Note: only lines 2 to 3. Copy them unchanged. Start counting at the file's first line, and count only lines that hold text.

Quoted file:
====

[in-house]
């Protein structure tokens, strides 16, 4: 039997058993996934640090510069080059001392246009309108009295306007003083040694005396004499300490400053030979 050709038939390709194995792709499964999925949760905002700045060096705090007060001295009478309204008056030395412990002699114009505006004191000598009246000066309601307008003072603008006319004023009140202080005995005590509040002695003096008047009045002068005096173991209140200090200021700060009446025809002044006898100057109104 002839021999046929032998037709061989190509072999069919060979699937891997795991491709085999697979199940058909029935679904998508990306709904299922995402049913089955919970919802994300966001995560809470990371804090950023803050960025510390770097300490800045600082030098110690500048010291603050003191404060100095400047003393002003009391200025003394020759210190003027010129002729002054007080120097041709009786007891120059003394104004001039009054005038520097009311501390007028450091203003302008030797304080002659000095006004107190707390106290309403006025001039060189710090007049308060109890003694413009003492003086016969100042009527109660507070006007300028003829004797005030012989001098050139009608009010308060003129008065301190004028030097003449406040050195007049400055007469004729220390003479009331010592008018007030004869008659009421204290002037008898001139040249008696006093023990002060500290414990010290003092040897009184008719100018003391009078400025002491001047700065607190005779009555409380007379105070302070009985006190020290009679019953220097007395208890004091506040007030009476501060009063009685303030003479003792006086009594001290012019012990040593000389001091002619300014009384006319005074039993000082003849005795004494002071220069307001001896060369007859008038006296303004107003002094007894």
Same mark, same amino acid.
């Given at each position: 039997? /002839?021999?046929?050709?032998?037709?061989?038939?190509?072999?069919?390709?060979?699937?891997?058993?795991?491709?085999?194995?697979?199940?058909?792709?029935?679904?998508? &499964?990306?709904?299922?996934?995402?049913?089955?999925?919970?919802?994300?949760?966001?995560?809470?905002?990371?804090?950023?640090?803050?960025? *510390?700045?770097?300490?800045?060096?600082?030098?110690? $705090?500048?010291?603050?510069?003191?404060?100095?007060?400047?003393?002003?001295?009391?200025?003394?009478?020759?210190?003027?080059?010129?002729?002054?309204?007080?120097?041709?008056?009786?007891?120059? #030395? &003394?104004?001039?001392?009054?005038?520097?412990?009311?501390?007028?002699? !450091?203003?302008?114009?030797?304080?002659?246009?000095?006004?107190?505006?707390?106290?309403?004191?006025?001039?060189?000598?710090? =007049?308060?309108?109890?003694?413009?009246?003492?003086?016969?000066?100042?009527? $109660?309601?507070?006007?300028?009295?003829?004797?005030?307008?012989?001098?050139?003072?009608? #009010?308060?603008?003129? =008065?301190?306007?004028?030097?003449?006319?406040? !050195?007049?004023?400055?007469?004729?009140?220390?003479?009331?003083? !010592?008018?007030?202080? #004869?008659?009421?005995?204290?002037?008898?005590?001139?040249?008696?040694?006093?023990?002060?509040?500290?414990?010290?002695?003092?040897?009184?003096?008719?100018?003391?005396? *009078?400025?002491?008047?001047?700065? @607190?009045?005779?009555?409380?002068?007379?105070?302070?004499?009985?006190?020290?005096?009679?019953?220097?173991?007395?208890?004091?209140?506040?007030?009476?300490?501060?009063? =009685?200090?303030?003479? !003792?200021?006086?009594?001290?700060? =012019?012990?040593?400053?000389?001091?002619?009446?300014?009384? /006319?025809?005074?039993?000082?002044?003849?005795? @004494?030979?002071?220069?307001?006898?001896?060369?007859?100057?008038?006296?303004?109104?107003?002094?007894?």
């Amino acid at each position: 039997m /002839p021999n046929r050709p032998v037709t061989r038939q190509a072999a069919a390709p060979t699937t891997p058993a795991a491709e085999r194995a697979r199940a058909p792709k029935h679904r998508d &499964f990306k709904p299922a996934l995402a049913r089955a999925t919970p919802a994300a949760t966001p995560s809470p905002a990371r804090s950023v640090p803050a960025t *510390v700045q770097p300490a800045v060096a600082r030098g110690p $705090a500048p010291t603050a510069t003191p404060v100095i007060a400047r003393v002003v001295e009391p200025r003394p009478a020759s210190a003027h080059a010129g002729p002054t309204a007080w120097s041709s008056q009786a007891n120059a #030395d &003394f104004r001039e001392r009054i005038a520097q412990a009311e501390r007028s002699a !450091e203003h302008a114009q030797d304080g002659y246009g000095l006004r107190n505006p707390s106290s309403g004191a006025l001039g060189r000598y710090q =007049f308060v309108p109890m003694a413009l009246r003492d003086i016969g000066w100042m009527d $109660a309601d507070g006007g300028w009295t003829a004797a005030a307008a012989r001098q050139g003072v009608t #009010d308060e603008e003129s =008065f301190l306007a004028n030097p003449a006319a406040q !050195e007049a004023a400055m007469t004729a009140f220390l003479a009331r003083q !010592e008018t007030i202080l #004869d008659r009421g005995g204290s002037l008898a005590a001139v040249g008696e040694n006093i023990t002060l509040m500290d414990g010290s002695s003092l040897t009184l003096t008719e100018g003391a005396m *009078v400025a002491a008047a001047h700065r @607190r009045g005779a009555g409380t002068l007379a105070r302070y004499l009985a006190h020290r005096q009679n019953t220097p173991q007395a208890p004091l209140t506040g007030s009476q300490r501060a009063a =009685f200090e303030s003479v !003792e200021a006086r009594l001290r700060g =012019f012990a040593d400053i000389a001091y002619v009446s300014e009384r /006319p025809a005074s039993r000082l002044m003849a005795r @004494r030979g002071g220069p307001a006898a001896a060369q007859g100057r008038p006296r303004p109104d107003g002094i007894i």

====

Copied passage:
């Protein structure tokens, strides 16, 4: 039997058993996934640090510069080059001392246009309108009295306007003083040694005396004499300490400053030979 050709038939390709194995792709499964999925949760905002700045060096705090007060001295009478309204008056030395412990002699114009505006004191000598009246000066309601307008003072603008006319004023009140202080005995005590509040002695003096008047009045002068005096173991209140200090200021700060009446025809002044006898100057109104 002839021999046929032998037709061989190509072999069919060979699937891997795991491709085999697979199940058909029935679904998508990306709904299922995402049913089955919970919802994300966001995560809470990371804090950023803050960025510390770097300490800045600082030098110690500048010291603050003191404060100095400047003393002003009391200025003394020759210190003027010129002729002054007080120097041709009786007891120059003394104004001039009054005038520097009311501390007028450091203003302008030797304080002659000095006004107190707390106290309403006025001039060189710090007049308060109890003694413009003492003086016969100042009527109660507070006007300028003829004797005030012989001098050139009608009010308060003129008065301190004028030097003449406040050195007049400055007469004729220390003479009331010592008018007030004869008659009421204290002037008898001139040249008696006093023990002060500290414990010290003092040897009184008719100018003391009078400025002491001047700065607190005779009555409380007379105070302070009985006190020290009679019953220097007395208890004091506040007030009476501060009063009685303030003479003792006086009594001290012019012990040593000389001091002619300014009384006319005074039993000082003849005795004494002071220069307001001896060369007859008038006296303004107003002094007894």
Same mark, same amino acid.